Multistep antimicrobial stewardship intervention on antibiotic prescriptions and treatment duration in children with pneumonia

Cantarutti, A;
2021

Abstract

Introduction The Italian antimicrobial prescription rate is one of the highest in Europe, and antibiotic resistance has become a serious problem with high costs and severe consequences, including prolonged illnesses, the increased period of hospitalization and mortality. Inadequate antibiotic prescriptions have been frequently reported, especially for lower respiratory tract infections (LRTI); many patients receive antibiotics for viral pneumonia or bronchiolitis or broadspectrum antibiotics for not complicated community-acquired pneumonia. For this reason, healthcare organizations need to implement strategies to raise physicians' awareness about this kind of drug and their overall effect on the population. The implementation of antibiotic stewardship programs and the use of Clinical Pathways (CPs) are excellent solutions because they have proven to be effective tools at diagnostic and therapeutic levels. Aims This study evaluates the impact of CPs implementation in a Pediatric Emergency Department (PED), analyzing antibiotic prescriptions before and after the publication in 2015 and 2019. The CP developed in 2019 represents an update of the previous one with the introduction of serum procalcitonin. The study aims to evaluate the antibiotic prescriptions in patients with communityacquired pneumonia (CAP) before and after both CPs (2015 and 2019). Methods The periods analyzed are seven semesters (one before CP-2015 called PRE period, five post CP-2015 called POST 1-5 and 1 post CP-2019 called POST6). The patients have been split into two groups: (i) children admitted to the Pediatric Acute Care Unit (INPATIENTS), and (ii) patients evaluated in the PED and sent back home (OUTPATIENTS). We have analyzed all descriptive diagnosis of CAP (the assessment of episodes with a descriptive diagnosis were conducted independently by two pediatricians) and CAP with ICD9 classification. All antibiotic prescriptions for pediatric patients with CAP were analyzed. Results A drastic reduction of broad-spectrum antibiotics prescription for inpatients has been noticed; from 100.0% in the PRE-period to 66.7% in POST1, and up to 38.5% in POST6. Simultaneously, an increase in amoxicillin use from 33.3% in the PRE-period to 76.1% in POST1 (p-value 0.078 and 0.018) has been seen. The outpatients' group's broad-spectrum antibiotics prescriptions decreased from 54.6% PRE to 17.4% in POST6. Both for outpatients and inpatients, there was a decrease of macrolides. The inpatient group's antibiotic therapy duration decreased from 13.5 days (PRE-period) to 7.0 days in the POST6. Antibiotic therapy duration in the outpatient group decreased from 9.0 days (PRE) to 7.0 days (POST1), maintaining the same value in subsequent periods. Overlapping results were seen in the ICD9 group for both inpatients and outpatients. Conclusions This study shows that CPs are effective tools for an antibiotic stewardship program. Indeed, broad-spectrum antibiotics usage has dropped and amoxicillin prescriptions have increased after implementing the CAP CP-2015 and the 2019 update.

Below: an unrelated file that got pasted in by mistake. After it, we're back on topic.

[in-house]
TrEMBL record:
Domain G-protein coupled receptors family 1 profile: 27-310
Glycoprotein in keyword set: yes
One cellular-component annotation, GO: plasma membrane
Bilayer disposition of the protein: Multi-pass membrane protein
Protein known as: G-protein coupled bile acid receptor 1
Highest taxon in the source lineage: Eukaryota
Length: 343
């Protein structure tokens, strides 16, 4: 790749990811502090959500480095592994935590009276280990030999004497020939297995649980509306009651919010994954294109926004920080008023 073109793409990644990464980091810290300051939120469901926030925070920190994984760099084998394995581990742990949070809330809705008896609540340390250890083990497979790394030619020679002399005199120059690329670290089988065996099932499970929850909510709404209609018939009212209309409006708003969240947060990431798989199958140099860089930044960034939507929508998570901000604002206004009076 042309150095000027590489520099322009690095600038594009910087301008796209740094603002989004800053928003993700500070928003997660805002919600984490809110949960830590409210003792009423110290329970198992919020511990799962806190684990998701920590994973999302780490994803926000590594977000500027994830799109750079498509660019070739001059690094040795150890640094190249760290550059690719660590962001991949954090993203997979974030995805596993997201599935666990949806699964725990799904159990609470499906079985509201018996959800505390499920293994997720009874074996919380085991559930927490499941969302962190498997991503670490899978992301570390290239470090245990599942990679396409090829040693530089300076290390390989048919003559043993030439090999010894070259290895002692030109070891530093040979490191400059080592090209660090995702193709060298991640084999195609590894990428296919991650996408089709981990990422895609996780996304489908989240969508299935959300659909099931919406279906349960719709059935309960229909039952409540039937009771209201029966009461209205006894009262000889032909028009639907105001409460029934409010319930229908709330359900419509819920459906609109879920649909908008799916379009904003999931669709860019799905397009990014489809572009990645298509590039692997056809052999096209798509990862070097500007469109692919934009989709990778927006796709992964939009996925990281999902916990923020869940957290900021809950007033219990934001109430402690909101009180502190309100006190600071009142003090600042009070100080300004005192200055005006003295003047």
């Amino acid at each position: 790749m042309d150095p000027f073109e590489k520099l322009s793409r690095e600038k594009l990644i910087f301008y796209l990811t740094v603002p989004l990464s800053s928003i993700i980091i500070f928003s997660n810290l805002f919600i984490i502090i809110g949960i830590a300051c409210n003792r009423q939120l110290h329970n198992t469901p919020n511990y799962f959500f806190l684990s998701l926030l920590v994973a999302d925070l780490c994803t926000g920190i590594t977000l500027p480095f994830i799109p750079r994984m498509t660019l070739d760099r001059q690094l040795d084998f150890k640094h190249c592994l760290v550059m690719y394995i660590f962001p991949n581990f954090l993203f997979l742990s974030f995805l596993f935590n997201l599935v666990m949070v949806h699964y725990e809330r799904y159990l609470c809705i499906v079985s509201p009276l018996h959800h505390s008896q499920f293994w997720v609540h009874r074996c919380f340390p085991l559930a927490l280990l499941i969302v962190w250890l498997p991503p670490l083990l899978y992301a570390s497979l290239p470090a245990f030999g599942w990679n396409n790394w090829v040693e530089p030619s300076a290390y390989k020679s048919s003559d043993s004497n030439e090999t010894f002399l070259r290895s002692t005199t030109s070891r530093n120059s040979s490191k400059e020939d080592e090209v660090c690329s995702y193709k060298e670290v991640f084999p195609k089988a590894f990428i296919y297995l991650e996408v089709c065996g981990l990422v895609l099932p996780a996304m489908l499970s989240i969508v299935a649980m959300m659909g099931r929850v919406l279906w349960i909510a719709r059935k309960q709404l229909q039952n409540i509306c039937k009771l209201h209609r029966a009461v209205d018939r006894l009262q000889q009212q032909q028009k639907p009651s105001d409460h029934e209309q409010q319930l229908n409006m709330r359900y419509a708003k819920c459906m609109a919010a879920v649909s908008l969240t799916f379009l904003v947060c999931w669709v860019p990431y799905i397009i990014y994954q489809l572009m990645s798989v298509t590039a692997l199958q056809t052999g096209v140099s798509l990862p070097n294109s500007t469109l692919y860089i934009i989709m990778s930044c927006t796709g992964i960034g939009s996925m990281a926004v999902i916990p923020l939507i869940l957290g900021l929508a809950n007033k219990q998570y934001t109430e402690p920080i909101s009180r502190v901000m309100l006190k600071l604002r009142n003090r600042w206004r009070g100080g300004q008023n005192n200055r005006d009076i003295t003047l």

Articolo in rivista - Articolo scientifico
Adolescent; Ambulatory Care; Amoxicillin; Anti-Bacterial Agents; Antimicrobial Stewardship; Child; Child, Preschool; Community-Acquired Infections; Drug Prescriptions; Drug Resistance, Microbial; Emergency Service, Hospital; Female; Hospitalization; Humans; Infant; Italy; Macrolides; Male; Pneumonia; Treatment Outcome; Critical Pathways; Duration of Therapy
English
Rossin, S., Barbieri, E., Cantarutti, A., Martinolli, F., Giaquinto, C., Da Dalt, L., et al. (2021). Multistep antimicrobial stewardship intervention on antibiotic prescriptions and treatment duration in children with pneumonia. PLOS ONE, 16(10) [10.1371/journal.pone.0257993].
File in questo prodotto:
Non ci sono file associati a questo prodotto.

I documenti in IRIS sono protetti da copyright e tutti i diritti sono riservati, salvo diversa indicazione.

Utilizza questo identificativo per citare o creare un link a questo documento: https://hdl.handle.net/10281/397456
Citazioni
  • Scopus 1
  • ???jsp.display-item.citation.isi??? 1
Social impact